History of sports medicine - 1958


In 1977 Wildor Hollmann's (1925-) definition of 'sports medicine' was formally accepted by the Fédération Internationale de Médecine du Sport (FIMS):

"Sports medicine embodies theoretical and practical medicine that examines the influence of exercise, training and sport, as well as the lack of exercise, on healthy and unhealthy people of all ages to produce results that are convincing for prevention, therapy and rehabilitation, as well as beneficial for the athlete himself. "

As part of his doctoral thesis, Hollmann started a study on ergospirometry in 1949. In 1961 he fully specialized in sports medicine at the Medizinische Universitätsklink Köln (Medical University Hospital Cologne) and in 1964 he was offered the chair of Cardiology and Sports Medicine at the Deutschen Sporthochschule Köln (German Sport University Cologne). But in 1958 he had already set up the Institut für Kreislaufforschung und Sportmedizin (Institute for Cardiovascular Research and Sports Medicine) with the Deutschen Sporthochschule Köln at the Medizinische Universitätsklinik Köln. The main focus of his research was on the impact of body activity and inactivity on health and improving the performance of children to seniors in both healthy and sick people.

He was the leader of the Deutschen Sporthochschule Köln for fourteen years. From 1984 to 1998 he was chairman of the Deutschen Sportärztebundes (German Sports Doctors' Association) and from 1986 to 1994 chairman of the Fédération Internationale de Médecine du Sport (FIMS). In 1990, he held the positions of research and education at the Max-Planck Institut für neurologisch Forschung (Max Planck Institute for Neurological Research) in Cologne and at the Research Center in Jülich where he conducted numerous experimental studies on the role of the brain and mind in relation to physical activity.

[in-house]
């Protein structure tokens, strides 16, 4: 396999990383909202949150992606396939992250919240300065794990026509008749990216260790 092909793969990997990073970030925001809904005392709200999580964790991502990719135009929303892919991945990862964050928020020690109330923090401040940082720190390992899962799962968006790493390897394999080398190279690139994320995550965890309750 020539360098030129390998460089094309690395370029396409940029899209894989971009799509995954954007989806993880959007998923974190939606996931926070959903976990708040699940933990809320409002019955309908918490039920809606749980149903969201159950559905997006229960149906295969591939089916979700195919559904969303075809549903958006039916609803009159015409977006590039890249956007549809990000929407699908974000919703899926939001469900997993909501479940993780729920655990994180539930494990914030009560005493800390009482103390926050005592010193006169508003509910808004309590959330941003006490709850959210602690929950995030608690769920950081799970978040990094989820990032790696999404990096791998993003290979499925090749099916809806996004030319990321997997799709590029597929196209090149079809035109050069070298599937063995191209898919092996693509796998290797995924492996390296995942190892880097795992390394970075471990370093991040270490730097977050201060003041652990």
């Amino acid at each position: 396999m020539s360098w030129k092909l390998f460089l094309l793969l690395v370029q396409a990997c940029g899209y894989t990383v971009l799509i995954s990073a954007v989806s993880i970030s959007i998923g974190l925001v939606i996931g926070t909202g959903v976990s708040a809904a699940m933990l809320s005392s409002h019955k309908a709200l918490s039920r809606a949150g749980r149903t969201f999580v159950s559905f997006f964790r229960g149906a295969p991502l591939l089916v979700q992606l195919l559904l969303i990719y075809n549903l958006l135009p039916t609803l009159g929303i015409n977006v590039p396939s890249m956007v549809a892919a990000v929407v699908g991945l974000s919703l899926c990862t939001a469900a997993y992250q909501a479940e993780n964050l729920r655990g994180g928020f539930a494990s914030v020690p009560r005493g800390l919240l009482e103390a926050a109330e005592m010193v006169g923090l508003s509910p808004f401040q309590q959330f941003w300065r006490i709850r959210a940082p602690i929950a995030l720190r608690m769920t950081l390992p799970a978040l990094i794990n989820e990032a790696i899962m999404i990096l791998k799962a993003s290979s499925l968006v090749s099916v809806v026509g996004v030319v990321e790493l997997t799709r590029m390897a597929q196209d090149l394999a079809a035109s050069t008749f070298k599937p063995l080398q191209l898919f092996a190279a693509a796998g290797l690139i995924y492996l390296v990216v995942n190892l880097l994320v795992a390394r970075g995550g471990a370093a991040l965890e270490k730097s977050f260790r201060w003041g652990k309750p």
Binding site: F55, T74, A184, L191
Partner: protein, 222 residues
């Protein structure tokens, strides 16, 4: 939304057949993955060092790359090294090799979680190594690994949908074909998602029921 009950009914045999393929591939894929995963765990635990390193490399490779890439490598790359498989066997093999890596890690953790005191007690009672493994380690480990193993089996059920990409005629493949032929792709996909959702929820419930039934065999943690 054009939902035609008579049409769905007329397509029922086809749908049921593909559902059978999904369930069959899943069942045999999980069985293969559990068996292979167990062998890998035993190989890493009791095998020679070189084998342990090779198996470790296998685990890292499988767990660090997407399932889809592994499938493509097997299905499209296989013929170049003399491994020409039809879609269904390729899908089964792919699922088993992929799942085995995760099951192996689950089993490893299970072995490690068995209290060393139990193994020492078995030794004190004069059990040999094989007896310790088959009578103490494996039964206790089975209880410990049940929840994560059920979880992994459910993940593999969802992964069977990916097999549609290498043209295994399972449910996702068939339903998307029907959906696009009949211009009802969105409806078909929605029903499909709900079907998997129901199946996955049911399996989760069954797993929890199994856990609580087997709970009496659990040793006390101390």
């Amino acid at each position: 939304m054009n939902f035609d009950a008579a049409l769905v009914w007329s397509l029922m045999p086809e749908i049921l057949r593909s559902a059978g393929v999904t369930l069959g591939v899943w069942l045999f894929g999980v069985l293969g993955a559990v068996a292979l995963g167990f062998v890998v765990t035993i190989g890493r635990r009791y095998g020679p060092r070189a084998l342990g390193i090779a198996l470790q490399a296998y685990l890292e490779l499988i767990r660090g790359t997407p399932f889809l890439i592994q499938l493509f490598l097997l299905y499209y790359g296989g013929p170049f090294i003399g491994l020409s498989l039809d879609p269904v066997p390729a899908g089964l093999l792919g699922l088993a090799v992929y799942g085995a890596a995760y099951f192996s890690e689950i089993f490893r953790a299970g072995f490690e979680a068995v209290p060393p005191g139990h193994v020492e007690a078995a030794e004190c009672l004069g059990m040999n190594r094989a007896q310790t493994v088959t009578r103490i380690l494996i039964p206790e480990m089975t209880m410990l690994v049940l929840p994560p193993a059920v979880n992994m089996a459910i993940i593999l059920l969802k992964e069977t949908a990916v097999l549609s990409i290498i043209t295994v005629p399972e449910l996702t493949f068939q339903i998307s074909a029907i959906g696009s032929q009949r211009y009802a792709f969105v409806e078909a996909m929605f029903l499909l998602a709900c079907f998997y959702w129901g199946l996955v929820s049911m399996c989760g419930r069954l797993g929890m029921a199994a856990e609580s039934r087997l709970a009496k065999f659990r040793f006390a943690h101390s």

As a result of his research activities, more than a thousand theses and more than two hundred dissertations were published. He has written numerous books and more than eight hundred publications. His most important monograph 'Sportmedizin - Grundlagen für körperliche Aktivität, Training und Präventivmedizin' (Sports medicine - basics for physical activity, training and preventive medicine) is a standard work on sports medicine.

Highlights from Hollmann's career:

1954: the introduction of the ergometer bike for training and research purposes and as a clinical and routine research device at the Medizinische Universitätsklinik Köln and from there distributed worldwide

1955: together with engineer Hans-Wilhelm Sander (1937-) the development of the first blood pressure monitor for exercise tests with a microphone on the inside of the elbow. First factory production in 1958 presented in 1960 at the World Exhibition of Electronic Medicine in New York.

1958: propagating the patient's own blood pressure measurement for better identification and treatment of hypertension.

1959: first report of a combined determination of metabolic-related aerobic-anaerobic transition during exercise by means of simultaneous registration of respiratory minute volume and arterial lactic acid levels (lactate). Later distributed worldwide in collaboration with his employees Alois Mader (1935-), Hermann Heck (1960-) and Heinz Liesen (1941-).